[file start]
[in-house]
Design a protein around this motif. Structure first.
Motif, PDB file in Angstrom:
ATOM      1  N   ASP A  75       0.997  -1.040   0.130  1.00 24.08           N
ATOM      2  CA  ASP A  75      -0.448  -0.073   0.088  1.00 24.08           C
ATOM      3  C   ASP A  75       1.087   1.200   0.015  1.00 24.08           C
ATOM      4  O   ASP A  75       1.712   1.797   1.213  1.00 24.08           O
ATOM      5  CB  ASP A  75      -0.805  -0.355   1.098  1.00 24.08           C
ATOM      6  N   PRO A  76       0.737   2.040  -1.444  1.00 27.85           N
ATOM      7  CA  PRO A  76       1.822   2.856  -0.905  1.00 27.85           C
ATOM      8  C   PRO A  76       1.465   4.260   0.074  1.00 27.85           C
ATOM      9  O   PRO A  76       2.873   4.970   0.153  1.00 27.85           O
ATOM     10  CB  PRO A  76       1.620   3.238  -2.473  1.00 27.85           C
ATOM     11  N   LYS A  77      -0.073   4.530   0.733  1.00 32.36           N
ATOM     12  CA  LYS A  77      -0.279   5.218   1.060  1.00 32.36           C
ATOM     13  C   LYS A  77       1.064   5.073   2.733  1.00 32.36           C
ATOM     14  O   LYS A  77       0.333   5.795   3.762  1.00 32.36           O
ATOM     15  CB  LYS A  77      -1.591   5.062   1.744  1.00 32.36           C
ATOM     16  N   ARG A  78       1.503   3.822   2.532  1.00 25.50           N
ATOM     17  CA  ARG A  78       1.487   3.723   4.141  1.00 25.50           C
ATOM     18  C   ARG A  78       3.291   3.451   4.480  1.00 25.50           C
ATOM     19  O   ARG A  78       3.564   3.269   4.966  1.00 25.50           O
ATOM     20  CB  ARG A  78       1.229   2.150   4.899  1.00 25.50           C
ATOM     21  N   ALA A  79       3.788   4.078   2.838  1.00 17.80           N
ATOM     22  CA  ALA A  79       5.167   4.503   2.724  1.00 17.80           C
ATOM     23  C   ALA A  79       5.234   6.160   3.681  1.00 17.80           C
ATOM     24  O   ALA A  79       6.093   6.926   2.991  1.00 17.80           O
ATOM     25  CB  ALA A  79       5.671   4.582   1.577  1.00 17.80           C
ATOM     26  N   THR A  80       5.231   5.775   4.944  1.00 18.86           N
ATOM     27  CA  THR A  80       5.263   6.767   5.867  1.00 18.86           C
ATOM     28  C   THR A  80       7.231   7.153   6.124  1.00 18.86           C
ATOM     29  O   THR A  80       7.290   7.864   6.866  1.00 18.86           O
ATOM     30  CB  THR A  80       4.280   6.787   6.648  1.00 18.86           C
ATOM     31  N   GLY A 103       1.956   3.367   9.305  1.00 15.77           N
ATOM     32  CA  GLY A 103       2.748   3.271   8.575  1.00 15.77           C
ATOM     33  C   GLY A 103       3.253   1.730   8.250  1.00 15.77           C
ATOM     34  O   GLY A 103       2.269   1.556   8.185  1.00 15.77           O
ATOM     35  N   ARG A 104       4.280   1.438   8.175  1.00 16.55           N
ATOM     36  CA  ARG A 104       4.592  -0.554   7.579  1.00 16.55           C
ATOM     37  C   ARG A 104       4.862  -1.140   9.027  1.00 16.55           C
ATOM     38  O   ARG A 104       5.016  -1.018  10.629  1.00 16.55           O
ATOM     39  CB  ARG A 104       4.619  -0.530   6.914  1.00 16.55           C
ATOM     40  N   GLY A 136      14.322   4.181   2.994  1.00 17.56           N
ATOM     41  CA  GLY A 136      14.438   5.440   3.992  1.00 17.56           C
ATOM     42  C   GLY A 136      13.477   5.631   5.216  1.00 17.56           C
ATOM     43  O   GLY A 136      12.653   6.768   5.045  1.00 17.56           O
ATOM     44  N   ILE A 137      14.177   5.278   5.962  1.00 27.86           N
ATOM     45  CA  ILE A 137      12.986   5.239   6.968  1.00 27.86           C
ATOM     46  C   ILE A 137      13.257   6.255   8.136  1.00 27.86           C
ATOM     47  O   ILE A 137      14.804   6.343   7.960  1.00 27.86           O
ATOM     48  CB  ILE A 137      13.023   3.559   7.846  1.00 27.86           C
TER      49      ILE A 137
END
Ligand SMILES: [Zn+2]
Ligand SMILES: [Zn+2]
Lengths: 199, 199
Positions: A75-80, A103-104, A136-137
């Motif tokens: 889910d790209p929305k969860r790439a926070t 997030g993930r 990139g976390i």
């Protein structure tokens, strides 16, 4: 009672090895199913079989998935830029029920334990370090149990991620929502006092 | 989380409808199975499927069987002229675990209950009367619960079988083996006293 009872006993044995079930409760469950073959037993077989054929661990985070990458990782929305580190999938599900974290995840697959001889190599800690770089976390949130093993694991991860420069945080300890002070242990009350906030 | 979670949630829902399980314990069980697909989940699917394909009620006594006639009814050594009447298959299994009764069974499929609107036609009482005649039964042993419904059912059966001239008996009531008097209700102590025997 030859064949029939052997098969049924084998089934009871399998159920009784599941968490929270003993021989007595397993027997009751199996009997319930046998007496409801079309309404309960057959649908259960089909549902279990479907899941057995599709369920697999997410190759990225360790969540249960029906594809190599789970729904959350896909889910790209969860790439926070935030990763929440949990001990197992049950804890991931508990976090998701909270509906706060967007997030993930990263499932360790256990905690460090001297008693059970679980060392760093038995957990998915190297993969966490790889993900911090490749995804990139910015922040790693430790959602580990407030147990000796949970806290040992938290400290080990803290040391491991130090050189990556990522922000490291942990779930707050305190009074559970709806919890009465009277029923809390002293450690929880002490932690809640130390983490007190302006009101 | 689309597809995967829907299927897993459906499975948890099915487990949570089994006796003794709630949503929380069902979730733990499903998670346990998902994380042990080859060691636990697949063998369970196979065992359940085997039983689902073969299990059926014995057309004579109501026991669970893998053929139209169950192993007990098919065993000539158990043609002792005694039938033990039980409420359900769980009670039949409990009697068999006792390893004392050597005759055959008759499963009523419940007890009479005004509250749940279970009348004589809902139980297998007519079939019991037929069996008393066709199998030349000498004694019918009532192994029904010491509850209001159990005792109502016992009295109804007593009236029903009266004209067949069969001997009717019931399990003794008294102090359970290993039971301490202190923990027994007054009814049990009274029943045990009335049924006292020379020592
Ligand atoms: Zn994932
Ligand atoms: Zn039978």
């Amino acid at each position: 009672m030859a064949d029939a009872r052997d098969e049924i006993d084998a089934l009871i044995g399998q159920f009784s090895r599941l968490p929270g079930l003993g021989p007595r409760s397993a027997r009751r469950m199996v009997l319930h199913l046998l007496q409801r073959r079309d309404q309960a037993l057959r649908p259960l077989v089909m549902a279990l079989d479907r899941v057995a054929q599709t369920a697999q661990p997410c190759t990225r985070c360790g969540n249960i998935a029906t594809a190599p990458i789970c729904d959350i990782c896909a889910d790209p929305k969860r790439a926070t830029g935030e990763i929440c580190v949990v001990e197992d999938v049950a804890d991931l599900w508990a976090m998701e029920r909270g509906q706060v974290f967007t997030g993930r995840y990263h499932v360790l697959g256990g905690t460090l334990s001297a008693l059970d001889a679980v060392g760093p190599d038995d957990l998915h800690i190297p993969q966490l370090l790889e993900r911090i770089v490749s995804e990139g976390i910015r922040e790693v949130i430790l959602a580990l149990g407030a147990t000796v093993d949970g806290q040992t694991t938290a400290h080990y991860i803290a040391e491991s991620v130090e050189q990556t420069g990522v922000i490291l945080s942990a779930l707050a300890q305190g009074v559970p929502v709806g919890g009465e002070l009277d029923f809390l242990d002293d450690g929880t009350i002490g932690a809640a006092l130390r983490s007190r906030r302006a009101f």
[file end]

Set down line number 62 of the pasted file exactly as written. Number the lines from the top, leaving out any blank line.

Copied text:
């Amino acid at each position: 009672m030859a064949d029939a009872r052997d098969e049924i006993d084998a089934l009871i044995g399998q159920f009784s090895r599941l968490p929270g079930l003993g021989p007595r409760s397993a027997r009751r469950m199996v009997l319930h199913l046998l007496q409801r073959r079309d309404q309960a037993l057959r649908p259960l077989v089909m549902a279990l079989d479907r899941v057995a054929q599709t369920a697999q661990p997410c190759t990225r985070c360790g969540n249960i998935a029906t594809a190599p990458i789970c729904d959350i990782c896909a889910d790209p929305k969860r790439a926070t830029g935030e990763i929440c580190v949990v001990e197992d999938v049950a804890d991931l599900w508990a976090m998701e029920r909270g509906q706060v974290f967007t997030g993930r995840y990263h499932v360790l697959g256990g905690t460090l334990s001297a008693l059970d001889a679980v060392g760093p190599d038995d957990l998915h800690i190297p993969q966490l370090l790889e993900r911090i770089v490749s995804e990139g976390i910015r922040e790693v949130i430790l959602a580990l149990g407030a147990t000796v093993d949970g806290q040992t694991t938290a400290h080990y991860i803290a040391e491991s991620v130090e050189q990556t420069g990522v922000i490291l945080s942990a779930l707050a300890q305190g009074v559970p929502v709806g919890g009465e002070l009277d029923f809390l242990d002293d450690g929880t009350i002490g932690a809640a006092l130390r983490s007190r906030r302006a009101f």